The seemingly complex phenomenon by which fruit flies (Drosophila) learn from bad experiences has been reduced to the actions of a mere 12 neurons, according to research by a team of UK- and US-based scientists. Manipulating this cluster of cells with a laser, the scientists were able to trick the flies into having associative memories of events they had not actually experienced.
Flies learn from smells and other signals in their environment. Conditioning by, for example, electric shocks, can teach them to avoid certain odours.
Previous experiments had shown that a structure in the fly brain called the mushroom body was essential for storing those memories, but the mechanism by which those memories get stored has not been well understood.
To examine the mechanism, a team led by the University of Oxford's Gero Miesenböck took advantage of "optogenetics", a technique in which they use light to activate particular cell types that have been genetically engineered to express a light-responsive protein. When laser pulses hit the brain, cells expressing the light-sensitive protein activate. "It's like sending a radio signal to a city but only those houses with a radios set to the right frequency will get the signal," says Miesenböck.
Previous research showed that dopamine was involved in making negative associations, for example with smells to be avoided, so Miesenböck's team made different clusters of dopaminergic cells light-sensitive. Then the flies were trained: when they crossed into a certain gas stream -- methylcyclohexanol (MCH) -- a laser was flipped on and the dopaminergic cells were activated.
The experiment was as effective as electric shock treatment -- the flies learned to avoid MCH. The memory was written directly into the brain without the sensory input. Although it is impossible to know, Miesenböck doubts the flies experience pain, like a shock. "I think it's probably more abstract than that," he says.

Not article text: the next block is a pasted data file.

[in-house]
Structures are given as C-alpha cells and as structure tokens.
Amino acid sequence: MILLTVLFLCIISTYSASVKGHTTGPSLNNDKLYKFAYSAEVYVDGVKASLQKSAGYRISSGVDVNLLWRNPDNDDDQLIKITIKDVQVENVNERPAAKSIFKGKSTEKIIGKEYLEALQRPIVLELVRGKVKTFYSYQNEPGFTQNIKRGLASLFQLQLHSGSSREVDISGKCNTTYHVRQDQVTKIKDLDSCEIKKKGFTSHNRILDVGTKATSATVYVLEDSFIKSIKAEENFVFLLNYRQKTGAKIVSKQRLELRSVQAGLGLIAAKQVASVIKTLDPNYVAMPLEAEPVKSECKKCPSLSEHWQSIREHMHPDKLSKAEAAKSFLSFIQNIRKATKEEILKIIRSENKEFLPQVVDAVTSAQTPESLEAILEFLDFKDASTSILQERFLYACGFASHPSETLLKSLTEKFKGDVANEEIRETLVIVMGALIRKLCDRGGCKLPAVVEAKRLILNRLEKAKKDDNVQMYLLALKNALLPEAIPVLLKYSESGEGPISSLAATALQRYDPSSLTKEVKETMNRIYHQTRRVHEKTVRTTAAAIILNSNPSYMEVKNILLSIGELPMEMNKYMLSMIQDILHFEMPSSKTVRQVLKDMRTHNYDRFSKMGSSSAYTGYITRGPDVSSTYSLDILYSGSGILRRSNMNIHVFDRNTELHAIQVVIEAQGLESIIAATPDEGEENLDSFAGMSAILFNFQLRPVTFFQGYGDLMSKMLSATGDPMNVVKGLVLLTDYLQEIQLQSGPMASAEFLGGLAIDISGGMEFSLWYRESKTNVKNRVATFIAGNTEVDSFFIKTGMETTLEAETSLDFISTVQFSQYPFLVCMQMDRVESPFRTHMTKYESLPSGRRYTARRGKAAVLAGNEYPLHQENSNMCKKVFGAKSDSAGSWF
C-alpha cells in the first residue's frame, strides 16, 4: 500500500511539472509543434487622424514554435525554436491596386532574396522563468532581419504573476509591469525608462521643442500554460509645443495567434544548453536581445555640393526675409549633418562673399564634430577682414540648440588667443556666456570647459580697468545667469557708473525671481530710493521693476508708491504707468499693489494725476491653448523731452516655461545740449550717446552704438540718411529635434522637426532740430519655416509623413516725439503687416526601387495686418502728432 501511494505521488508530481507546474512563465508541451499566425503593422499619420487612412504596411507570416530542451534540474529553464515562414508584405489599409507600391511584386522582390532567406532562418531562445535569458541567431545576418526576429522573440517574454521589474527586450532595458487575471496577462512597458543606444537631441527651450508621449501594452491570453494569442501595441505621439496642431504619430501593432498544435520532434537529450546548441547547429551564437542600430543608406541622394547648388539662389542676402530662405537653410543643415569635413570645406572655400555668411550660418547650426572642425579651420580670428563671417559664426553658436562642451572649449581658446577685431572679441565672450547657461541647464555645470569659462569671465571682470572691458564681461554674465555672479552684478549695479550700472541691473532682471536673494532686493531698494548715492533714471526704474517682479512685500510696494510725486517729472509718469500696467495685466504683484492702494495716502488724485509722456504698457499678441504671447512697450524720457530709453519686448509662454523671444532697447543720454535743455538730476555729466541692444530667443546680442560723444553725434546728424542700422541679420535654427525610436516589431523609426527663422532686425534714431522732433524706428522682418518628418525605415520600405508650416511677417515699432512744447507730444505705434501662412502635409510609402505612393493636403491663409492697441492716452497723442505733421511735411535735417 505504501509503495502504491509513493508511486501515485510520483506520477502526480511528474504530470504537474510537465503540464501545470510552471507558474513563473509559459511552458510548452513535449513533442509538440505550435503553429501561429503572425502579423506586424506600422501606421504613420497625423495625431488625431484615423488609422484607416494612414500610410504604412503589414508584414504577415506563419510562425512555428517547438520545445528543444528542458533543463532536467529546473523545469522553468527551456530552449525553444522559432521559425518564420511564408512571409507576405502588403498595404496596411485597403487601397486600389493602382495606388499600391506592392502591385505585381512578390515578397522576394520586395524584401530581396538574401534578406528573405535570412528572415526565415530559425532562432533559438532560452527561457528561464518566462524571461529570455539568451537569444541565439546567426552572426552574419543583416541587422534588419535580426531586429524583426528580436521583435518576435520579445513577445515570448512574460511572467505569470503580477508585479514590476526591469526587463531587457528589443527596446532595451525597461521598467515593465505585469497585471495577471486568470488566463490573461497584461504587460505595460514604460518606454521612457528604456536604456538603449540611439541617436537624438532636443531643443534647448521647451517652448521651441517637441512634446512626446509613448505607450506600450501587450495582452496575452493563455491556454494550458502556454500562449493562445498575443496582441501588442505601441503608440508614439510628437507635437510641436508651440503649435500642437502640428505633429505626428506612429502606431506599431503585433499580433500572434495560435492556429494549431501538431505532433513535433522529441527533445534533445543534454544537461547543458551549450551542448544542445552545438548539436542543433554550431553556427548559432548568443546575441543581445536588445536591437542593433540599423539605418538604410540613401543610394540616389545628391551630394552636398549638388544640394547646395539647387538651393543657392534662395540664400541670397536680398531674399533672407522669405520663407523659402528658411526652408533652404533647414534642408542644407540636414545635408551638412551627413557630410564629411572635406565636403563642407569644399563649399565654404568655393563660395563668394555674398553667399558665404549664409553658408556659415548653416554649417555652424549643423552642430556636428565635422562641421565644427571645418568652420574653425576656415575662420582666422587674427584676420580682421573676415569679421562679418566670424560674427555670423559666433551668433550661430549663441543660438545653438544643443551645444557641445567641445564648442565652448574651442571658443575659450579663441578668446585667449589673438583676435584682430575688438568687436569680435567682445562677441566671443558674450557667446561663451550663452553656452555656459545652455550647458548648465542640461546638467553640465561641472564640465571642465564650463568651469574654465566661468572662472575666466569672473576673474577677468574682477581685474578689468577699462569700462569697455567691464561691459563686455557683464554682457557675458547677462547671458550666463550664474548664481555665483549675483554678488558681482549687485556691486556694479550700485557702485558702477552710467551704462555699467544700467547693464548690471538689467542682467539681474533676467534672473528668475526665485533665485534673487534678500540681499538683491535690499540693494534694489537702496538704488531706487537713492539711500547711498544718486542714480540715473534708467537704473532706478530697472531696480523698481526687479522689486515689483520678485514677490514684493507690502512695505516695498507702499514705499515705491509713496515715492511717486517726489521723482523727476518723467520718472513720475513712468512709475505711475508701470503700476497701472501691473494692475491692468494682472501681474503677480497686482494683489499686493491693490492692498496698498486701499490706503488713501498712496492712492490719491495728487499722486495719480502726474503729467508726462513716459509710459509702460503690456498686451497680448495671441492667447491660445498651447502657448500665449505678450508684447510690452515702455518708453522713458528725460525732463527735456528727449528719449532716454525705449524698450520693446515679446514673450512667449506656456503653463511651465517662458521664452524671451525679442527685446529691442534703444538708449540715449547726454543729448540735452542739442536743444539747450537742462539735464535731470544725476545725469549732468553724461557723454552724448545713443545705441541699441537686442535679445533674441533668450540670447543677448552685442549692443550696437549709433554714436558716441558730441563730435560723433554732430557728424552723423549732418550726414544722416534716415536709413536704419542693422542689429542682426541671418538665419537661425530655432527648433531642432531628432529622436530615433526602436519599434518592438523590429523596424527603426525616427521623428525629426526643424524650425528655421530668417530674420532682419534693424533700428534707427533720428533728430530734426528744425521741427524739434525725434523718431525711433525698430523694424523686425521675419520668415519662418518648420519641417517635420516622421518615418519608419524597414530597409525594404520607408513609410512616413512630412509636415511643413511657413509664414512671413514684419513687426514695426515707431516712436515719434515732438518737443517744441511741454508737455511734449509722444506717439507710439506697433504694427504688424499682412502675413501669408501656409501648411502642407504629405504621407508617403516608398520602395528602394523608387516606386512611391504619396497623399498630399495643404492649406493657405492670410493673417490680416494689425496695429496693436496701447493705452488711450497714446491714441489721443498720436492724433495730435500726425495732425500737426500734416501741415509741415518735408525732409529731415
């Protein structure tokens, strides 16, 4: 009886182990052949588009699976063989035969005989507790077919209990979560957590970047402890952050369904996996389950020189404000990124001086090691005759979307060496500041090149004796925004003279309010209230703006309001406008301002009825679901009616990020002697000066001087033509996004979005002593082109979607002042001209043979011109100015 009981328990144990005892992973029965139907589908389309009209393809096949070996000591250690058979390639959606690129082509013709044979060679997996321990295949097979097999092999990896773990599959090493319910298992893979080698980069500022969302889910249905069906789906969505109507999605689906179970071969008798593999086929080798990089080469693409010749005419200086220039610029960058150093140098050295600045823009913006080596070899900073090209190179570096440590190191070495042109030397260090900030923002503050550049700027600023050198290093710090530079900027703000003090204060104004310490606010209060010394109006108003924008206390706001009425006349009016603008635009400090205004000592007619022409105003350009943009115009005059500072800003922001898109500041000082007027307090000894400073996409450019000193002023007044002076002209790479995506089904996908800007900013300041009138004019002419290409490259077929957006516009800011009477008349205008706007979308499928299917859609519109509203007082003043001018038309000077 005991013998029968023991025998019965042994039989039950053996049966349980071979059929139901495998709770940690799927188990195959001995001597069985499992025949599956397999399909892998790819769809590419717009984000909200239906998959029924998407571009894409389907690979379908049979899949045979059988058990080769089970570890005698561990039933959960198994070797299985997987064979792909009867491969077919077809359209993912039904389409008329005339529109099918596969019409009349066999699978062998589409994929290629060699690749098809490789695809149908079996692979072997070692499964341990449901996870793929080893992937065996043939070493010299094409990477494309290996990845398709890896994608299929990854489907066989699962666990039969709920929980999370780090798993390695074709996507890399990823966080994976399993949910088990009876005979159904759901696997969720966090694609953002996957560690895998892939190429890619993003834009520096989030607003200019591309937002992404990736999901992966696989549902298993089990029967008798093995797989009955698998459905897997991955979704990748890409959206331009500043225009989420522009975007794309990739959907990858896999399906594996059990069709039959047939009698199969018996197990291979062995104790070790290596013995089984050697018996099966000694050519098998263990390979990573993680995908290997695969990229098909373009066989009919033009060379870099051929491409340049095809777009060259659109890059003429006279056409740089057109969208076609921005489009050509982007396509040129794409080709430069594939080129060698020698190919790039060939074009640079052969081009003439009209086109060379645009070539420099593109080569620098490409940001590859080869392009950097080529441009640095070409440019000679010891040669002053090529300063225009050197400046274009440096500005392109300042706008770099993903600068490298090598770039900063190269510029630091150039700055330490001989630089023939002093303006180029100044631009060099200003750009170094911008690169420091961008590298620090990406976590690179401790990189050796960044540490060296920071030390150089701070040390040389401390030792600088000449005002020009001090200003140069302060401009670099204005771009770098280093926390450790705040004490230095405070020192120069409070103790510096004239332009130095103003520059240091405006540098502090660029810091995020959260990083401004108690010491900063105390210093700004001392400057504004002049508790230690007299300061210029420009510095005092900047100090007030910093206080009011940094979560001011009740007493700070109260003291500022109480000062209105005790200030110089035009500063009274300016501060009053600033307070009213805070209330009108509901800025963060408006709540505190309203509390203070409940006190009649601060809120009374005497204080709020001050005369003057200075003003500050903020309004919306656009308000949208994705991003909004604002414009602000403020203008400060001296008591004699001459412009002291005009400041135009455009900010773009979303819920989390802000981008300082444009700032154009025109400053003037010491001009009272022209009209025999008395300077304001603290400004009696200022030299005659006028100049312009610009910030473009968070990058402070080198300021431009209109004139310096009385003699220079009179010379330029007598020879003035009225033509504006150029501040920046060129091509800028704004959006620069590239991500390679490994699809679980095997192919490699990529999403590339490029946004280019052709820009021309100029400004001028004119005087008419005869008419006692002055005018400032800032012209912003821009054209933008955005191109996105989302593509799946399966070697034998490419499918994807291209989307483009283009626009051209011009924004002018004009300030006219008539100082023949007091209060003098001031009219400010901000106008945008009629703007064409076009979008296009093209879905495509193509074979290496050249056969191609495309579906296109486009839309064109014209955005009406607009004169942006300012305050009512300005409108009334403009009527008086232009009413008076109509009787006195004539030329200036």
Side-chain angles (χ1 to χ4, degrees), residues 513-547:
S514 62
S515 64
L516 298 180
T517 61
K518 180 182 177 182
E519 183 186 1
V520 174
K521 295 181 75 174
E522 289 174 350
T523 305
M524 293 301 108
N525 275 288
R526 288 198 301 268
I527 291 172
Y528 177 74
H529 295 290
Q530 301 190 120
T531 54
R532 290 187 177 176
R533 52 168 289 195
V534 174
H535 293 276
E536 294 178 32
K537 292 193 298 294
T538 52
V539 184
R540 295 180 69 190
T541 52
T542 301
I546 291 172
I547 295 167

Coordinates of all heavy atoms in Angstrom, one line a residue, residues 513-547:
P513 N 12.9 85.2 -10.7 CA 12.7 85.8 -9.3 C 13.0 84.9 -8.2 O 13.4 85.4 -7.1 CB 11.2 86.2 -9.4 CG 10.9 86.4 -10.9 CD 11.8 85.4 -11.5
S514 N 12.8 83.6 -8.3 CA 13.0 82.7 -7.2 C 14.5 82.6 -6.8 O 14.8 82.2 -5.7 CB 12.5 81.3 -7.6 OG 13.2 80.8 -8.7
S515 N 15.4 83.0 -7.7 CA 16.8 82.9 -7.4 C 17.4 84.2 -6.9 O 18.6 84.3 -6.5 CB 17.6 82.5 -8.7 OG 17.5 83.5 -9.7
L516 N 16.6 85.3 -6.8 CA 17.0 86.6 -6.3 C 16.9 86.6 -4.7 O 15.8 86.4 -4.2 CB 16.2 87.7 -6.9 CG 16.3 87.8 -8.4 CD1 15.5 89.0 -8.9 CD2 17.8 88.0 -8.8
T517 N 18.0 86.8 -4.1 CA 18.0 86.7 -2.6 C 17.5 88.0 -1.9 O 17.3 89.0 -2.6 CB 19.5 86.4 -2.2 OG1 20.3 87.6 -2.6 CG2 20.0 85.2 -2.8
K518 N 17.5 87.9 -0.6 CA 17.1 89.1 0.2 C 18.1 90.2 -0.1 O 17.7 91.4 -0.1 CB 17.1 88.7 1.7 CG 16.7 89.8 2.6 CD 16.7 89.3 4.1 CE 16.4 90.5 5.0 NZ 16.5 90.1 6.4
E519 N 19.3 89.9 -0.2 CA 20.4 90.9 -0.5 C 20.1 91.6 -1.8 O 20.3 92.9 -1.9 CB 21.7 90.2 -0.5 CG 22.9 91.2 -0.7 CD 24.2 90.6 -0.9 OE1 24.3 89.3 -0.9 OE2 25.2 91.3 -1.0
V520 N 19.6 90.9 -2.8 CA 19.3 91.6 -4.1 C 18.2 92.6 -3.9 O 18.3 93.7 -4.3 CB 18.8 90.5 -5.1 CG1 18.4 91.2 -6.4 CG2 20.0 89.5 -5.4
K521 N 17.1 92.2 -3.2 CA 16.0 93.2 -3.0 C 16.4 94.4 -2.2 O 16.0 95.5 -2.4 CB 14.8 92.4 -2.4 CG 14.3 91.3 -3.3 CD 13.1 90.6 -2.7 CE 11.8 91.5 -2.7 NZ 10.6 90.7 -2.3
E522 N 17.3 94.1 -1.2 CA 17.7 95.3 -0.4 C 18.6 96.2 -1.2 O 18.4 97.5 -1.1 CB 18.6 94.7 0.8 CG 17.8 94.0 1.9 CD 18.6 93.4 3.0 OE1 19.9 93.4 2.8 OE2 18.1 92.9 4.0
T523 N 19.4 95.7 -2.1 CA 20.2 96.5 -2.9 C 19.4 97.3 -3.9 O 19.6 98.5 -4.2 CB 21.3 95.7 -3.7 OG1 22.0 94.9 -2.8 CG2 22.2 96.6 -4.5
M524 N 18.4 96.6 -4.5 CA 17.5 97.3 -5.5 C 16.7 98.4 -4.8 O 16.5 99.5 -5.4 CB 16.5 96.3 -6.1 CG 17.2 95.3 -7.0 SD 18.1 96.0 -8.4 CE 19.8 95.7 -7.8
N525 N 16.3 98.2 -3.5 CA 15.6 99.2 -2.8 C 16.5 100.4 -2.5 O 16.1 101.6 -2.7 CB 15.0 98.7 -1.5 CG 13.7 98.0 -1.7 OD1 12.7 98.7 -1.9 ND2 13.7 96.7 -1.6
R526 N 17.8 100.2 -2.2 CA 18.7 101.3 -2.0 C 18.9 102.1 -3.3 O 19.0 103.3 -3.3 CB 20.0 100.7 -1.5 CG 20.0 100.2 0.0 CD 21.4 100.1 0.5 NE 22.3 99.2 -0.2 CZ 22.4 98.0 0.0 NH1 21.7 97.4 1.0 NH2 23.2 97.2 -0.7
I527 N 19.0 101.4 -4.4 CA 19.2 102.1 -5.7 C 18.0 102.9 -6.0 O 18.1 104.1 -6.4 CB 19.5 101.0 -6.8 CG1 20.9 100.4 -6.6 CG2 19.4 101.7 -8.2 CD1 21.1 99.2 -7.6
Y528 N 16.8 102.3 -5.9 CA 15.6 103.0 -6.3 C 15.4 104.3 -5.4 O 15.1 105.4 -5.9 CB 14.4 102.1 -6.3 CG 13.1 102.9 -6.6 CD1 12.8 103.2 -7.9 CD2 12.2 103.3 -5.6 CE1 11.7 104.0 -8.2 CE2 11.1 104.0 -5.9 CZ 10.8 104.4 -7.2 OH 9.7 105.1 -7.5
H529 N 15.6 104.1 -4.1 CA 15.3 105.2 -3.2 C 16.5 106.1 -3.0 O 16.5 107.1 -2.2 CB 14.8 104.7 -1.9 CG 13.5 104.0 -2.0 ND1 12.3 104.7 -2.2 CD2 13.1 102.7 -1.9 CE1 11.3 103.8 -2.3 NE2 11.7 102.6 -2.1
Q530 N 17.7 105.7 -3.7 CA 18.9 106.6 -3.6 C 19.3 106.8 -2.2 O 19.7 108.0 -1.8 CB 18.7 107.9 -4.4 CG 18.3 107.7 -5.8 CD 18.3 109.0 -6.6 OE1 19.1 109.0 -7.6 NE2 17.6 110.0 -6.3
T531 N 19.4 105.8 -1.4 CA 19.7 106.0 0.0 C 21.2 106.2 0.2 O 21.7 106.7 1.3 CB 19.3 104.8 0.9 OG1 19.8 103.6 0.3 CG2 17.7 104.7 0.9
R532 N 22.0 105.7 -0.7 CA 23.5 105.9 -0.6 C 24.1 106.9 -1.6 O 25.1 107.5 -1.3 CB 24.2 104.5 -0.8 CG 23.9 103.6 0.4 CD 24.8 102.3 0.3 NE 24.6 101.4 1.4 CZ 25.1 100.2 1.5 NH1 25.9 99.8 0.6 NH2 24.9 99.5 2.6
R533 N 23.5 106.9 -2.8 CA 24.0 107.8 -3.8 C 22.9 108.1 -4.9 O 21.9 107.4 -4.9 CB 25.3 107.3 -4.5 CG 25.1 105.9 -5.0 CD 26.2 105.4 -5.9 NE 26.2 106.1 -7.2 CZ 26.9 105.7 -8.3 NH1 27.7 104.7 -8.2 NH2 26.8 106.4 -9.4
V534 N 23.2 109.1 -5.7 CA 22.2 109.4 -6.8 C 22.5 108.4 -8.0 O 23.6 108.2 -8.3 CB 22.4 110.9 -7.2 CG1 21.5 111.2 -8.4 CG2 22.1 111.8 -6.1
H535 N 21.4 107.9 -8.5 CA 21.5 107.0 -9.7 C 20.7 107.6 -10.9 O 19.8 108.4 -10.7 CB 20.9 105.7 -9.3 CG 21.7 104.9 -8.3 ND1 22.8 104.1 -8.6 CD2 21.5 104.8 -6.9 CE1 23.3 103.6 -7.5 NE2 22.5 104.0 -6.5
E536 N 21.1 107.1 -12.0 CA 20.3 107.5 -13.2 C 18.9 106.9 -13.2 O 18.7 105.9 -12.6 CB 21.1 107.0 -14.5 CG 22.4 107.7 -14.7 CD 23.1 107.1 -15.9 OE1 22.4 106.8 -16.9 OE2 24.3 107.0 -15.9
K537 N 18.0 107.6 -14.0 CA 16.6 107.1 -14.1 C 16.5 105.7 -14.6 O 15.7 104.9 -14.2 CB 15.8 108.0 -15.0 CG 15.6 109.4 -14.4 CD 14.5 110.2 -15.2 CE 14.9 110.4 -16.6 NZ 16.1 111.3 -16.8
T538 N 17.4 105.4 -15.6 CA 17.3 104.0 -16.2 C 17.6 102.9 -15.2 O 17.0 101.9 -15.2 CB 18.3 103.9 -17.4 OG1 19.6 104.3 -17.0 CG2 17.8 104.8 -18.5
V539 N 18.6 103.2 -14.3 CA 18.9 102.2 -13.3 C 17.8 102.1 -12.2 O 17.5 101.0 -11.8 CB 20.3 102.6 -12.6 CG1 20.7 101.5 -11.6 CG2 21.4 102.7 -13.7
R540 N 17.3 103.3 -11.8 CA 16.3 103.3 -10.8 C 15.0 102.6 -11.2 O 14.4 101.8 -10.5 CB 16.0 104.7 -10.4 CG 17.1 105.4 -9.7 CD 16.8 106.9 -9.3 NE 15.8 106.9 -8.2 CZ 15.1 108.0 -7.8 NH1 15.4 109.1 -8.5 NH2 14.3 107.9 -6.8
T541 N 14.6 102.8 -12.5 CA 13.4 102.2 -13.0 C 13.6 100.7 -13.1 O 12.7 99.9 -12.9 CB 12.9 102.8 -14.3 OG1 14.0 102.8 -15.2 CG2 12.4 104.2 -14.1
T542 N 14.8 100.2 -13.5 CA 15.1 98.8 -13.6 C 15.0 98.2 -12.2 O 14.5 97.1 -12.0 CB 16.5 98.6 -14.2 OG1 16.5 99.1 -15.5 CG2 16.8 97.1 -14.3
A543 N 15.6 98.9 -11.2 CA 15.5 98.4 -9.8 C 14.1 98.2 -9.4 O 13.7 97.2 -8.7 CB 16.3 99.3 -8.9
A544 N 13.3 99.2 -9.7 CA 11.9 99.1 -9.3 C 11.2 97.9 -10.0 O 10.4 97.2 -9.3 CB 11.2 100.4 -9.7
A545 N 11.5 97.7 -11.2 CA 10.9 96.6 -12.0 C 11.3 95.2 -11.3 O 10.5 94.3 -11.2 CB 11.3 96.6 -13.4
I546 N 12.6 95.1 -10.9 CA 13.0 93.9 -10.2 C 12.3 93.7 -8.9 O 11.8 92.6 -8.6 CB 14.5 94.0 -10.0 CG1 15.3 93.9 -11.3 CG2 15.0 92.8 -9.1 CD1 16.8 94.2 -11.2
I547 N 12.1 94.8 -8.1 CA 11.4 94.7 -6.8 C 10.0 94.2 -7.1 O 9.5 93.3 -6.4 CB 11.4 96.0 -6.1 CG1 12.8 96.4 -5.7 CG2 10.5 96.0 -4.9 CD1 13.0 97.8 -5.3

The surprise, reported today in Cell1, came when they cut open the fly brains and found -- in all of the several dozen flies analyzed -- that only 12 neurons were responsible for the training effect. "These 12 neurons point to presumed memory storage sites in the mushroom body," says Miesenböck.
"It's a landmark study, and very clever," says Ann-Shyn Chiang, a Drosophila neuroscientist at National Tsing Hua University in Hsinchu, Taiwan. "We have known that dopaminergic cells act as stimuli for forming memories, but we have been waiting for a long time to know which ones."
What's more, some of those neurons point directly to the central complex, a brain region implicated in visual memory. Miesenböck says the same group of neurons might account for the formation of negative visual associations too. "It would make sense. When your brain tells you that you're doing something wrong, that you should change your actions, it shouldn't matter which sense it uses to get that information."
Love it or hate it
Miesenböck's next target is to find out what lies upstream from that message, to see how that signal gets to the 12 neurons. This pathway could be used by researchers to make predictions of impending reward or punishment.
Chiang agrees that that is the next step, and he says better imaging techniques could get there. Figures in the Cell paper show how the neurons cluster around the mushroom body, but it's not possible to see individual neurons, says Chiang. "What I'd really like to know is which of these neurons is involved. It might be a smaller subset of the 12. I'd also like to see the specific morphology of the connections -- where the dendrites go," he says. This kind of precision, says Chiang, would help in efforts to reconstruct the whole circuit of how memories are formed.
Miesenböck says it is unlikely that this degree of resolution will be possible in mice or other animals because the brains of larger animals have more neurons and the genetics of the Drosophila brain has been mapped in greater detail. "Numerically the odds are stacked against you," he says.
But the study does parallel a report earlier this year in which scientists used optogenetic techniques to train mice. Mice, unlike fruit flies, respond positively to released dopamine, so instead of teaching them to dislike something (negative reinforcement), as with the flies, the mice were taught to prefer something (positive reinforcement) -- in this case, a certain location.
Despite the differences, Miesenböck says many aspects of the basic pathway are probably conserved evolutionarily so that the fly studies will teach us much about how the human brain learns.